The lifecycle of Windows XP has nothing to do with its legal status. The product will be protected by copyright long after Microsoft has dropped support. However, this protection does not mean the software cannot be used without a license.
First of all, 'Can I use Windows without a license?' and 'Can I install Windows without a license' are two different questions. Let's start with the first.
Generally, yes, you may use software without a license. Microsoft may disagree, but has no absolute say in this. Copyright, by its nature, covers the copying and distribution of a work, not its use. Its use is not one of the exclusive rights the author has been granted and you do not need the author's permission (i.e. license) for this.
Likewise, you do not need a musician's consent to listen when his song plays in a restaurant and you don't need your own copy of a film when a friend invites you over to watch it.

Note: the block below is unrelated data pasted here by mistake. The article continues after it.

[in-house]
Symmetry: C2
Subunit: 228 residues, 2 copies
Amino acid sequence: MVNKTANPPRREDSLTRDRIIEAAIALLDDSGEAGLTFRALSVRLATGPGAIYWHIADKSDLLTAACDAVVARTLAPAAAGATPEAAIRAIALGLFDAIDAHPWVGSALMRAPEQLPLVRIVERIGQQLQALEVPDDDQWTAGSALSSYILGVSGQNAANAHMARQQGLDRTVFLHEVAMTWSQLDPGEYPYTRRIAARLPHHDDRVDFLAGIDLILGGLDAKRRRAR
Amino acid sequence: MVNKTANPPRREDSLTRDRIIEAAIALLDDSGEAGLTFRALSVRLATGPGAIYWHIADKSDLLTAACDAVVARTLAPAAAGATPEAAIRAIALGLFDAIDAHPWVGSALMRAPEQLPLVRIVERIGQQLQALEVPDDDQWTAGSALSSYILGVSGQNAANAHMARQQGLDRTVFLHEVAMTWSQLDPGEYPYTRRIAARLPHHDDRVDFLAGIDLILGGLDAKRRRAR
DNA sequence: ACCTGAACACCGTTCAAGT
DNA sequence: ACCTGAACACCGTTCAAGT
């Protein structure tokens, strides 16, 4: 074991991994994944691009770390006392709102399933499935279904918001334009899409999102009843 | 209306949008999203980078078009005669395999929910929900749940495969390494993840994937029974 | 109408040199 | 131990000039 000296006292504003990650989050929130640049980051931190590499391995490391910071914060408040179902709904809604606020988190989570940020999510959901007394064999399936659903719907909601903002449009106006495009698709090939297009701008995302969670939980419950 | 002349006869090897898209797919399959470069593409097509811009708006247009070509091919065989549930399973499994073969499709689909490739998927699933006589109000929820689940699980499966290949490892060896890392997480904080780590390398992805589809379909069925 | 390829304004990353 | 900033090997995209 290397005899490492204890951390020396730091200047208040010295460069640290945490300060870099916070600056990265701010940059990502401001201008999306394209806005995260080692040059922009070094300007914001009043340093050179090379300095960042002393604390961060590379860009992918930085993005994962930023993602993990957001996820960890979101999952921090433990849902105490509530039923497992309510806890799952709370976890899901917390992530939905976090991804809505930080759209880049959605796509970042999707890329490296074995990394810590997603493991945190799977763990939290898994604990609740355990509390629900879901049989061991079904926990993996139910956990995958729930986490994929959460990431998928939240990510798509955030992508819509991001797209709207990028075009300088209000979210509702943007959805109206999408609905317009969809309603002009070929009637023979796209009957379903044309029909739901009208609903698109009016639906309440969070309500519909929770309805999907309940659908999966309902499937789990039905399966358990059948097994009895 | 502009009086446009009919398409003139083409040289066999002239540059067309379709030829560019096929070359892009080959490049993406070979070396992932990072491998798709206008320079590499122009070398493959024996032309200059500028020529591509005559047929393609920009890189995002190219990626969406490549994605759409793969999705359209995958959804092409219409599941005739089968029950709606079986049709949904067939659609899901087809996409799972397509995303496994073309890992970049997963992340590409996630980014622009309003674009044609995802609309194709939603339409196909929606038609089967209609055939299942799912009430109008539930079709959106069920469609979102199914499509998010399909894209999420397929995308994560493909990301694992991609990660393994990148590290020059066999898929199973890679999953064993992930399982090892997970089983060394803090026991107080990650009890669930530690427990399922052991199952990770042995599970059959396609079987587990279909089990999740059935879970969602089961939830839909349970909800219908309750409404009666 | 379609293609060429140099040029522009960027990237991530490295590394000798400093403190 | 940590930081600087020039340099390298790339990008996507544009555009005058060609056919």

Installing the operating system is a different matter. You are making a copy and you'll need the author's permission for that, but exceptions may apply if such a copy is required for the intended use. For instance, playing a CD will load chunks of music into an audio buffer, but does not constitute copyright infringement. Making such a copy without having a legitimate one to begin with, often does.
Note that while copyright is covered extensively through a number international treaties, no two countries are the same. The above explanation may differ from local copyright law. Besides, not everything you can or cannot do is directly governed by copyright law, however. You may be bound by terms of the license agreement, granting you rights you would not normally have, conditionally.
In short, end of support does not mean Windows XP is suddenly legally available for free, but the legal status of its use is all but trivial.